Regards
Jan H of Sandgate

I was recently checking out the website 'Britain From Above' and was surprised and delighted to see a photo of a large house in 1920 I had never seen before, sitting at the base of the cliff, and had what looked like some beautiful formal gardens alongside.

The owners of these photographs have kindly allowed me to add this particular one to this page, and the house in question is marked with a blue arrow.  I have enlarged it as much as the image will allow on the right.


I wrote to Alan Taylor and asked if he knew who this wonderful looking house had belonged to, and if he knew anything about it.  He of course did not let me down, and sent me the photograph further down, which shows the house from the Lower Sandgate Road side.

It was called Cliff House, and belonged to Lord Radnor.  Alan mentioned that he was living there in 1912, and lived there until he moved to Manor House, near the Grand Hotel.  The photo on the right of Alan's pic shows the luxury flats that are now on the site of Cliff House.  The two shots immediately below are from a modern aerial map showing the location of the flats .

There are several other Folkestone photographs on the Britain from Above website, and I urge you to check them out.
I received the wonderful photo on the left from Diane Hagan, who tells me that the Fleur de Lis pub, shown on the left at 23 Sandgate High Street was run by her Aunt & Uncle, Dora & Tom Shakespeare from around 1952 to the middle to late 60's.  Of course this photo was taken much earlier, possibly early 1920's.   Right opposite in the old photo, you can see the Military Tavern on the corner of Military Road.  This whole building has been demolished, and in the front is a nice green space with benches, and at the back you can buy what is probably the best fish & chips in the area.
Here are some of Diane's memories of the Fleur de Lis:  I have some great memories of the pub, we were living in Cheriton and every sunday morning my dad would take me there to see his sister and I always got a bottle of pop and packet of crisps, also occasionally a small glass of her home made wine, I was only about 10 at the time and dad certainly wouldn't let me have it but when he was out of the room I used to wheedle my way round my aunt and she would give me a very small amount. I can remember In what was called the club room there was a set of bar skittles which I used to love playing with and at the back of the pub were a lot of run-down looking outbuildings - I was down there briefly last summer and walked round there, where the outbuildings were is now a car park and the old pub itself looks rather the worse for wear, not sure if anybody is living there, it's no longer a pub of course.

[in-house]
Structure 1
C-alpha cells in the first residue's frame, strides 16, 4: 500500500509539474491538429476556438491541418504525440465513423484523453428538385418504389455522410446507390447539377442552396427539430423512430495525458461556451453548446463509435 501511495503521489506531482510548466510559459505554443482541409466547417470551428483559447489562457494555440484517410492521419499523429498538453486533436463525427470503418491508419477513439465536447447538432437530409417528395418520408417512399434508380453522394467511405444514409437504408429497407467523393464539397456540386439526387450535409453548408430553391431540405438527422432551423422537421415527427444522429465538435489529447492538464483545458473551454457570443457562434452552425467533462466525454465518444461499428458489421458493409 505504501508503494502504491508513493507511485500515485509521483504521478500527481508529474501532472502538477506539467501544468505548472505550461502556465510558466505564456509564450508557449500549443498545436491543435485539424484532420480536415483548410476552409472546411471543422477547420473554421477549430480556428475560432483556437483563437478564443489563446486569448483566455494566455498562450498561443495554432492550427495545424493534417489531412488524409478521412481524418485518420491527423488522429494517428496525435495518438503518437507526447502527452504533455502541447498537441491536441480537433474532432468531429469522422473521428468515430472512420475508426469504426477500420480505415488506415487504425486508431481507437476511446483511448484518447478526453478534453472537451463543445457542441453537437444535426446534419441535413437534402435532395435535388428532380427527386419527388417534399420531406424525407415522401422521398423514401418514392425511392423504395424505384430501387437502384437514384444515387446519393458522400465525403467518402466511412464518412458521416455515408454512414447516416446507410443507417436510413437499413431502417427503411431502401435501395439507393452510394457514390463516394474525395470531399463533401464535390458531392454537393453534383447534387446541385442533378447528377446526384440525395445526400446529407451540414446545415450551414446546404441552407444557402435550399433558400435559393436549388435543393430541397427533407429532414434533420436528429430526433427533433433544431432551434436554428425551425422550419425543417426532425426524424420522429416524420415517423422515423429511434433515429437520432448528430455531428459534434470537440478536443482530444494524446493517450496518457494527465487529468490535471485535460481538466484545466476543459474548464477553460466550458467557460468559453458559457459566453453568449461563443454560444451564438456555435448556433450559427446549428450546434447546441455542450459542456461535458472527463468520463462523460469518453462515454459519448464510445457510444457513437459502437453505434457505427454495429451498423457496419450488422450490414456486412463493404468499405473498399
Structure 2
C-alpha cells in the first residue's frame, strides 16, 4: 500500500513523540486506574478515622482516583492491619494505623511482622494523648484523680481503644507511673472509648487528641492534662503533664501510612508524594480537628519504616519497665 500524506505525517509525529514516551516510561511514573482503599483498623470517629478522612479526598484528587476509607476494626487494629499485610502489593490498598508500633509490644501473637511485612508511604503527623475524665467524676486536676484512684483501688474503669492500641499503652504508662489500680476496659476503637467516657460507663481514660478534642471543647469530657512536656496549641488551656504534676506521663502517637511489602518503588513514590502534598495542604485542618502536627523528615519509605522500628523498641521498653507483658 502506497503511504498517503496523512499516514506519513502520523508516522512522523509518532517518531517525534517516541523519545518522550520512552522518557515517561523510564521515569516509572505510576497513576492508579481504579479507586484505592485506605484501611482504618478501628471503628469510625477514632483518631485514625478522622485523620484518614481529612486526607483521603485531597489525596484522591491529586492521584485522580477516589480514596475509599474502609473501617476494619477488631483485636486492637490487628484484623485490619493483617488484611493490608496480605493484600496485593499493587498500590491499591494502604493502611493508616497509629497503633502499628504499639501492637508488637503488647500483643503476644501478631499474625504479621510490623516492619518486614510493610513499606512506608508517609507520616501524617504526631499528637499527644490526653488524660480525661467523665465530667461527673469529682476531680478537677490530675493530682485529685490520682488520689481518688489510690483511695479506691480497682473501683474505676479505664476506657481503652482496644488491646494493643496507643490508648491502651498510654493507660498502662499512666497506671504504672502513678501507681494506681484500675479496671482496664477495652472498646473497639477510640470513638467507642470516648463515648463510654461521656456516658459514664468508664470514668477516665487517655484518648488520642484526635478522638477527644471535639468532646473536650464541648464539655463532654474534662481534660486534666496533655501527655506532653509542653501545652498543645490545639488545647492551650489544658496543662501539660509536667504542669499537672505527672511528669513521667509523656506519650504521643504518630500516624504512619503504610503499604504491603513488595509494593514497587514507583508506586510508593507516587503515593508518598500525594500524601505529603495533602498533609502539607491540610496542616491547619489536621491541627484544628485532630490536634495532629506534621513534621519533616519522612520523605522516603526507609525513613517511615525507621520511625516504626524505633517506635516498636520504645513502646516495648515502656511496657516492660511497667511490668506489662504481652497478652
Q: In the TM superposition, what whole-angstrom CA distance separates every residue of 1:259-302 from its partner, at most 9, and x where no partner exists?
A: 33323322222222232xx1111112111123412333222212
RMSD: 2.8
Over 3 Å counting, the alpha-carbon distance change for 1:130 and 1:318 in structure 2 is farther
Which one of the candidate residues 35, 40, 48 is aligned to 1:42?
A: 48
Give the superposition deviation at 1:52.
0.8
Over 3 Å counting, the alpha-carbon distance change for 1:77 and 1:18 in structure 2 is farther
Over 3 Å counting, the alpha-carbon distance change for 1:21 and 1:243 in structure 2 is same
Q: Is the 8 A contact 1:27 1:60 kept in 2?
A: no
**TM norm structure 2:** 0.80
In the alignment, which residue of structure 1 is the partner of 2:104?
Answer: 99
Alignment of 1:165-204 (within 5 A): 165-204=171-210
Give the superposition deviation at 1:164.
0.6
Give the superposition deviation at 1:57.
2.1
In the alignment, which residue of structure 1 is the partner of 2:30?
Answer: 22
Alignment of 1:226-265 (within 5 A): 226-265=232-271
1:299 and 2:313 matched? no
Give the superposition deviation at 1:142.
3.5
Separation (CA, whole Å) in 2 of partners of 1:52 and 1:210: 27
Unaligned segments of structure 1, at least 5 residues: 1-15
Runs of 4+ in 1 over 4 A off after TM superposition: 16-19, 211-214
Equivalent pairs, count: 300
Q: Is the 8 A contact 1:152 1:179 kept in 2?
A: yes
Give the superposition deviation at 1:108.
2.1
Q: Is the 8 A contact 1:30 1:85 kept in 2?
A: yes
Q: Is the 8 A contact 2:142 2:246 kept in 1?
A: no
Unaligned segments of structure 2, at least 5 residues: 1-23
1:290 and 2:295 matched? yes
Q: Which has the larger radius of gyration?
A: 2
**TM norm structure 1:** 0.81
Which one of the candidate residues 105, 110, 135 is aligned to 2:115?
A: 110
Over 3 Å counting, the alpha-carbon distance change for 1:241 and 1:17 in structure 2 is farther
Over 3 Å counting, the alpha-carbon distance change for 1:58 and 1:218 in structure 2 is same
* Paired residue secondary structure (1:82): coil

image courtesy Britain From Above
Image courtesy Alan F. Taylor
Image courtesy Diane Hagan
Canamur School was originally founded by the partnership of Fannie Sarah Jarvis, Dora Margaret Pennycuick and Lucy Magdalene Pennycuick.  Fanny retired December 31st 1921, and the school was continued by the other two partners - possibly sisters?  Therefore the advertisement on the left must date from after 1921.
Saga Building, on the site of the former Police Training College which was previously the Star & Garter Convalescent Home which was originally Enbrook House.
In the early 1800's, when Sandgate was becoming fashionable, the fourth Earl of Darnley bought a small holiday retreat here, Belle Vue. In 1852 this was replaced by Enbrook, a large country house.
Lord Darnley's granddaughter, the Countess of Chichester, wife of the fourth Earl of Chichester, inherited the property, which became known as Chichester House. She died in 1911 and in 1920 the property was sold as a 'Star and Garter' convalescent home for soldiers wounded in the 1914-1918 war.

It was later leased to the Home Office, first as a fire service training college and later as a police training centre, and is now the headquarters of Saga, the travel organisation. In the ground is an ice house used for preserving food in the days before refrigerators.
This is a modern photo of what used to be the Congregational Church, now a row of terraced houses in the High Street.
Billiard room in The Star & Garter